Kellee had a lifelong struggle with food and later on in life began to passionately hate her body. Her eating was negatively affecting her relationship with her husband, her family, and herself. She had moments of doubt that she would ever be able to change this but, she sought help and made it happen.
Kellee is sharing her story, where she began, where she is now, and how she got there. We’re going to talk about shifting her body image, what her life is like after binge eating, and the moment when she realized it was okay to feel anxious. Listen in to hear it and get ready to feel hope and inspiration.
Hello! I’m so glad you’re here and you are in for a real treat today with this episode!
You’re going to hear from Kellee, one of my former group members who went through my program and has come out on the other side better than ever.
But first, I want to tell you why I want you to hear from her, and know that she will not be the last of my members to come on here. Here’s why.
From all my years of doing this work, and talking with you all, whether it’s in one of my free offerings or paid programs, I see a trend of people lacking belief in their ability to stop binge eating.
And this is a big problem.
Not believing that you can stop binge eating will stop you from doing it.
If you think it’s not possible, you’re not going to put in any effort to do it. Or you’ll just kinda put in a little effort but, not enough to see real, lasting change.
So I want to help you change this belief in yourself, or if you’re kind of believing in yourself, help you build on that belief.
When I do these success story episodes you’ll hear from real live people who have been in your shoes, who have struggled with similar things that you have, and you’ll hear how they did it so you can feel inspired and hopeful that it’s possible for you too.
I get that you may be lacking belief right now and that’s okay. Kellee was too and you’ll hear us talk about it.
But that can change. You can begin believing. You can believe more.
In today’s episode, as I said, you’ll hear from Kellee.
Now, although Kellee wasn’t bingeing for years as I know a lot of you have been and as I did, it was about 5 months for her but, those 5 months were intense, bingeing more than once a day, and she had a lifelong struggle with food before that and some really negative thoughts about her body that for sure didn’t help her eating.
So I don’t want you to hear that and think, “Well it was only 5 months, so it was easier for her.” Because no, it wasn’t.
Think about yourself when you were 5 months in. Once you’re in binge eating, you’re in it and it doesn’t matter how long you’ve been doing it for. The work to get out is still the same.
So, here we go, Kellee and I, chatting about where she began, where she is now, and how she got there.
Kirstin: Hello, Kellee. Thank you for joining us on the podcast. How are you?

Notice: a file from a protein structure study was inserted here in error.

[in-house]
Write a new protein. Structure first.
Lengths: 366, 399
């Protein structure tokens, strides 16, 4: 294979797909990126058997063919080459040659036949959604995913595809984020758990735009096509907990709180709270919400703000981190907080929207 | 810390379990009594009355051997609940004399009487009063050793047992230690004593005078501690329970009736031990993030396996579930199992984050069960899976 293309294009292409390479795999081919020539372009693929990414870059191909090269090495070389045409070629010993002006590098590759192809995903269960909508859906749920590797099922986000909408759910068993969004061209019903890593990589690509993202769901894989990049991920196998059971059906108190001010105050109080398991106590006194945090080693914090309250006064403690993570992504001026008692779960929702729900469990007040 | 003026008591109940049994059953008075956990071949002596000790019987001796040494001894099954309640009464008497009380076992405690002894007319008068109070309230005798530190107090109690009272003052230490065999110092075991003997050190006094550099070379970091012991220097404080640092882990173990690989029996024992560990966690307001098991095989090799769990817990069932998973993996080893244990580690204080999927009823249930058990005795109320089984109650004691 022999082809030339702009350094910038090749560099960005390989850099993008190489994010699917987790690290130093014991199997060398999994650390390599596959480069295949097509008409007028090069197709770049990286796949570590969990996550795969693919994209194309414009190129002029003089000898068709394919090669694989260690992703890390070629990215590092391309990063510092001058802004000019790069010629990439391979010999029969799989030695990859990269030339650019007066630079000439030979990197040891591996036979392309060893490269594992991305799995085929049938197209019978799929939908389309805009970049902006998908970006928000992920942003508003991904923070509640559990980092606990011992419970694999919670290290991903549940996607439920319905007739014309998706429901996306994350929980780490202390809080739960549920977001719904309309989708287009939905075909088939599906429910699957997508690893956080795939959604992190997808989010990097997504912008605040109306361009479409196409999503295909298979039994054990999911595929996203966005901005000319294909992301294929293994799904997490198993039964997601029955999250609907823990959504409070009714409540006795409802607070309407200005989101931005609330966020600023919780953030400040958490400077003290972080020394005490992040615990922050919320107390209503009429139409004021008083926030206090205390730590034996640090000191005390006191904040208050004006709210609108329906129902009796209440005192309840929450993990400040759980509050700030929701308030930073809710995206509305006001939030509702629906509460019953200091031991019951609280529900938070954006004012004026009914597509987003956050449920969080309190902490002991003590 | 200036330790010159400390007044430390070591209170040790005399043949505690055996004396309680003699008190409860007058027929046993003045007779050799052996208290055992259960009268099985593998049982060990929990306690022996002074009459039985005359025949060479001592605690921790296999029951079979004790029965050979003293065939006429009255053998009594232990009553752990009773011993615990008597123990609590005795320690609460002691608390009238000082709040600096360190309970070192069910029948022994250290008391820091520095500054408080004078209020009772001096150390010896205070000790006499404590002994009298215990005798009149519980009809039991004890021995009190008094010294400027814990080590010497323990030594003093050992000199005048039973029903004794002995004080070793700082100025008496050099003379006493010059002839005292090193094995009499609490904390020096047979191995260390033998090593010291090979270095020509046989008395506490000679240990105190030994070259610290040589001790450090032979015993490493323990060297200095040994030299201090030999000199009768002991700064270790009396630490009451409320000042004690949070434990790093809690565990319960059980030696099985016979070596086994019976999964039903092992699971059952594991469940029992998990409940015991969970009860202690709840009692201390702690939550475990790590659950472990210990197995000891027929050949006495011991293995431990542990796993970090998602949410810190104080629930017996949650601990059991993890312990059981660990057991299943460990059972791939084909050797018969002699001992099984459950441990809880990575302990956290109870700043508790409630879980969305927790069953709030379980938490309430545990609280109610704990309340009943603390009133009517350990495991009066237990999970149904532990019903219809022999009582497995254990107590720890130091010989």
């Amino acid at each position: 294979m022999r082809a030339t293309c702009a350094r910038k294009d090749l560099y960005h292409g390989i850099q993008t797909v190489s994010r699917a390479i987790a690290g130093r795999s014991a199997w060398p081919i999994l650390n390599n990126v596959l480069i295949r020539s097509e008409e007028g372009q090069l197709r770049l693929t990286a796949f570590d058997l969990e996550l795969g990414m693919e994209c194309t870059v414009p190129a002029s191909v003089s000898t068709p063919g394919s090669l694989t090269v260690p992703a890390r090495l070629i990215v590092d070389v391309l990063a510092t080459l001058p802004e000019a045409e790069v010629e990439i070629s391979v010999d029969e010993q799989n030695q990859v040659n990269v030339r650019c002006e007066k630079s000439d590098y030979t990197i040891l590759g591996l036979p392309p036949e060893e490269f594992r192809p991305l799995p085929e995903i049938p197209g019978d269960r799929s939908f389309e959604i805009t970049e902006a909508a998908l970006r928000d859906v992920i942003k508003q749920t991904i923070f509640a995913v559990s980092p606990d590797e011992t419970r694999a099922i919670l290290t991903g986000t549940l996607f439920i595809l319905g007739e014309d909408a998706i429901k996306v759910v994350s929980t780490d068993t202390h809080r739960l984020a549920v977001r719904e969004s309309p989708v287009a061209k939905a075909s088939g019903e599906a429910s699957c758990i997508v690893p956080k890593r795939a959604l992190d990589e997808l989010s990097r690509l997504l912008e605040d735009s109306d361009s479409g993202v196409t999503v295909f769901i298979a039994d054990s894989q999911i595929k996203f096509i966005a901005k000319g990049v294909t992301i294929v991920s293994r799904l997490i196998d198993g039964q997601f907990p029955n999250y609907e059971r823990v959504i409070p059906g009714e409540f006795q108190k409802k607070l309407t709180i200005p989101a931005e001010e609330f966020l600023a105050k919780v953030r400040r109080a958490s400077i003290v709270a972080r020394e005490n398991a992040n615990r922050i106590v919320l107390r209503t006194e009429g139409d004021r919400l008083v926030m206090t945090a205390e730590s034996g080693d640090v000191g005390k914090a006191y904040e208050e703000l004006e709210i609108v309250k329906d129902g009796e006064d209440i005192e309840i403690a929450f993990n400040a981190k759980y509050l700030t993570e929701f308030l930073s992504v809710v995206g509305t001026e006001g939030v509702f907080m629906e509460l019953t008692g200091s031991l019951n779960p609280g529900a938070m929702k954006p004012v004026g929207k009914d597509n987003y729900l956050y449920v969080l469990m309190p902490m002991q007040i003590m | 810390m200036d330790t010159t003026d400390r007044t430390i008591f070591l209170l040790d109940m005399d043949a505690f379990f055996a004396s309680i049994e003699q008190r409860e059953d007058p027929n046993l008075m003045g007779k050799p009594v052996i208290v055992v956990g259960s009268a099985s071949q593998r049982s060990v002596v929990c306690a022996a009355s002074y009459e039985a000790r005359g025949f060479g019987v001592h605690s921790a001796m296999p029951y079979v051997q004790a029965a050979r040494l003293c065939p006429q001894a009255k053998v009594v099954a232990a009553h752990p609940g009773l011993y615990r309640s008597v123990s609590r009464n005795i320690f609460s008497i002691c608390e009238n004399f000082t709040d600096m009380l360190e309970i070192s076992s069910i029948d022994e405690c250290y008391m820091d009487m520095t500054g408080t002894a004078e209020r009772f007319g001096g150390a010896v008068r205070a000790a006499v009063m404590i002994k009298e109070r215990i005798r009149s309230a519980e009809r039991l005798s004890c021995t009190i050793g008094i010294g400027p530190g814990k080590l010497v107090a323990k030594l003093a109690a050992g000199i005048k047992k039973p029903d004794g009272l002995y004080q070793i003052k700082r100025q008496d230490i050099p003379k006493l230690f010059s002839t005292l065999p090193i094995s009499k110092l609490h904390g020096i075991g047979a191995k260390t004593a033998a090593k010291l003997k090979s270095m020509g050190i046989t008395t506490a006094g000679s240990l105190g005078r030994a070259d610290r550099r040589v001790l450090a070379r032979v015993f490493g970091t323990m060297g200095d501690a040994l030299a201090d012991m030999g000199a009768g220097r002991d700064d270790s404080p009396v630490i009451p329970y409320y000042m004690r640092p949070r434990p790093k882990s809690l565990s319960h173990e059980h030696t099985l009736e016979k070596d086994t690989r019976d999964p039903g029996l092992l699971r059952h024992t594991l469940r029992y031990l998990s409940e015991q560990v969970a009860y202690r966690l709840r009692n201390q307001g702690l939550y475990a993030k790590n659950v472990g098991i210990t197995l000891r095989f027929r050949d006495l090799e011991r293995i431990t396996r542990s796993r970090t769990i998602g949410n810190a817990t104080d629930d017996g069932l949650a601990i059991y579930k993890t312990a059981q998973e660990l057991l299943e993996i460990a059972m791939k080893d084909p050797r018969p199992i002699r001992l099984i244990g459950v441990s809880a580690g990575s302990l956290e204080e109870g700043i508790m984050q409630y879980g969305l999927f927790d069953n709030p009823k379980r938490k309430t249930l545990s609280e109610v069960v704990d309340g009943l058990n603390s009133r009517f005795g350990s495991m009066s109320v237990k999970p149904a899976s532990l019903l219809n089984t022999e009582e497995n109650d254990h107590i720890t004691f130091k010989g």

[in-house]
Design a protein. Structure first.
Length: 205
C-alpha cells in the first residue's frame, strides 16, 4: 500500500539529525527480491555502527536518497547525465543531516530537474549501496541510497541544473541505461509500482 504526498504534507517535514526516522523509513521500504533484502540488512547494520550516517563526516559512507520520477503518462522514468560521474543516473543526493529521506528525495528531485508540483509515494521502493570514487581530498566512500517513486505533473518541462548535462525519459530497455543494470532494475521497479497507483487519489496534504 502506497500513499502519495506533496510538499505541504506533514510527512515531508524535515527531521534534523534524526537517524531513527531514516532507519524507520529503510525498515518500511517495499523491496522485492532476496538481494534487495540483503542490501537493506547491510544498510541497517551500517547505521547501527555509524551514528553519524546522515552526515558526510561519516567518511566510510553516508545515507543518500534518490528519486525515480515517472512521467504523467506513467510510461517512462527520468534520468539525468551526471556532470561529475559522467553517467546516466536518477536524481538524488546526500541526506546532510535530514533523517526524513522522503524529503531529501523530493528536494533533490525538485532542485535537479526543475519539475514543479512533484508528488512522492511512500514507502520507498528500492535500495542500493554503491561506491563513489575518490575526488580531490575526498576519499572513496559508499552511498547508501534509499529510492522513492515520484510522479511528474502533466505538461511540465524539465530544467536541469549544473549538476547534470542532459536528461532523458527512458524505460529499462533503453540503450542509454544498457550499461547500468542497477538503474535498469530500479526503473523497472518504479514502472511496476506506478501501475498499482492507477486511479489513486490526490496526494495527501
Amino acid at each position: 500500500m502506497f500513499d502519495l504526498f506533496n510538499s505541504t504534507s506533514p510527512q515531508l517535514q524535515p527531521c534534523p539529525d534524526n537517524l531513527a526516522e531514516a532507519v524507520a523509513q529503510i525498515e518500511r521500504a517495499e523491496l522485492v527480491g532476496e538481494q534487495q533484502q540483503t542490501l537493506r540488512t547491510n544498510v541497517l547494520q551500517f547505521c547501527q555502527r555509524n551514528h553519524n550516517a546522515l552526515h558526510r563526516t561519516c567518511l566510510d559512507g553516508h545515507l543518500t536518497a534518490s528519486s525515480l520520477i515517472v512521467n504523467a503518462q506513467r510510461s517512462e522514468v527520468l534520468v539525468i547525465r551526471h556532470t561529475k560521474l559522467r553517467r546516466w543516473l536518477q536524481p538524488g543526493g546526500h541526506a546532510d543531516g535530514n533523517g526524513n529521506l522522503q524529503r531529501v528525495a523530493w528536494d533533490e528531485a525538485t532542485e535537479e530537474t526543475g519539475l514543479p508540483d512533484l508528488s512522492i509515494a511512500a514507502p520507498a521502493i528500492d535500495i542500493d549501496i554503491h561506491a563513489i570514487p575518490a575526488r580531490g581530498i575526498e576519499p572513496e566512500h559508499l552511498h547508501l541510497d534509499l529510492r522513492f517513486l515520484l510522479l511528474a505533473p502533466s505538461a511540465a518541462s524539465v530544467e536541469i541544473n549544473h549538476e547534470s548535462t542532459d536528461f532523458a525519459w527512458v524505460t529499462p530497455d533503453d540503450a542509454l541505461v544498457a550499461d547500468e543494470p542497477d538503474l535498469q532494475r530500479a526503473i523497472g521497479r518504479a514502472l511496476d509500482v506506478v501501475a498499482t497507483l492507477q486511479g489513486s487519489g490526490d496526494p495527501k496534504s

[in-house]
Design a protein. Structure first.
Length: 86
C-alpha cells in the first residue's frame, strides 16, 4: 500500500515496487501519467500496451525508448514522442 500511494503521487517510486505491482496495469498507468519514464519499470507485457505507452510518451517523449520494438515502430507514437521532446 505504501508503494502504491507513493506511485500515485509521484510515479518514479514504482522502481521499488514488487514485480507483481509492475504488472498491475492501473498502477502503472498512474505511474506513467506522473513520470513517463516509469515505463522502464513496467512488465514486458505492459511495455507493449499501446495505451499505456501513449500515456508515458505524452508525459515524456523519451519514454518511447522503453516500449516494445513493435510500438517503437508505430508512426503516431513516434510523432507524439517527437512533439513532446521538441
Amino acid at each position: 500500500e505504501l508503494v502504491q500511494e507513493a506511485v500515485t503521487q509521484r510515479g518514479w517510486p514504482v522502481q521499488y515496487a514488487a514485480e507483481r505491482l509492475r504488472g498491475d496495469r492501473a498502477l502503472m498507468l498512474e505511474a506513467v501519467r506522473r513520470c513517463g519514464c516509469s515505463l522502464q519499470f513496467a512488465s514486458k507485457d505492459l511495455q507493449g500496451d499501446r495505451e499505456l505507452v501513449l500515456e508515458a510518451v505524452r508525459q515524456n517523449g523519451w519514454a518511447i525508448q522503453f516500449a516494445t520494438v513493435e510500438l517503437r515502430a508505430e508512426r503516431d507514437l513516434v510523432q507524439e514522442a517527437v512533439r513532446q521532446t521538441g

Kellee: Hi. I’m good. I’m excited to be here.
Kirstin: Yeah, I’m excited to have you here. I want to begin by you just telling us a little bit about yourself, your background with your eating, food, your weight, just all of the things.
Kellee: Okay. Well, I was referred to quite often in high school as a “Skinny Minnie.” I was kind of a string bean, but I had food problems. My mom really had food problems, and so it’s been a lifelong struggle of just not feeling my emotions, and whenever I was upset, I would eat. I wasn’t really binge eating early on, but I mean, probably in elementary school, I was eating for comfort and trying to make myself feel better.
Then as I got older and dealt with more serious life problems, the eating problems just got worse, and in college, I started really struggling with just, still not binge eating, but I was eating a lot of fast food and just all the time, always wanting to eat out and not understanding what is wrong with me that I can’t stop eating out. I just didn’t understand. Then just as I had babies and life continued and things got harder financially for us, I just got worse and worse, and then I got to the point where I had some other mental health issues going on, some depression and anxiety, and it just built up to where I didn’t want to feel any of it and that’s when it really turned into full-on binge eating.
Kirstin: It sounds like it was a habit that built into itself because a lot of the times, it’s either the people that go on the restrictive diet and then their brain and their body rebound back into binging, or it’s just the habit that built up over time. For you, that sounds like what it was for you.
Kellee: Yeah, and as far as the weight goes, I didn’t really see any consequences of my eating until I started having babies. Then the weight didn’t come off, it just kept building up and up, and then that fed into the binging: “Well, I don’t like how I look and I want to numb that feeling, so I’m going to eat some more.”
Kirstin: Yeah, it’s so counterproductive, but we do it, anyway. It doesn’t make sense.
Kellee: Yep. That was my logic: “I don’t want to feel this, so I’m going to eat.”
Kirstin: Yeah, exactly, because you’re not really thinking about the weight in that moment, you’re just thinking about how you feel, right?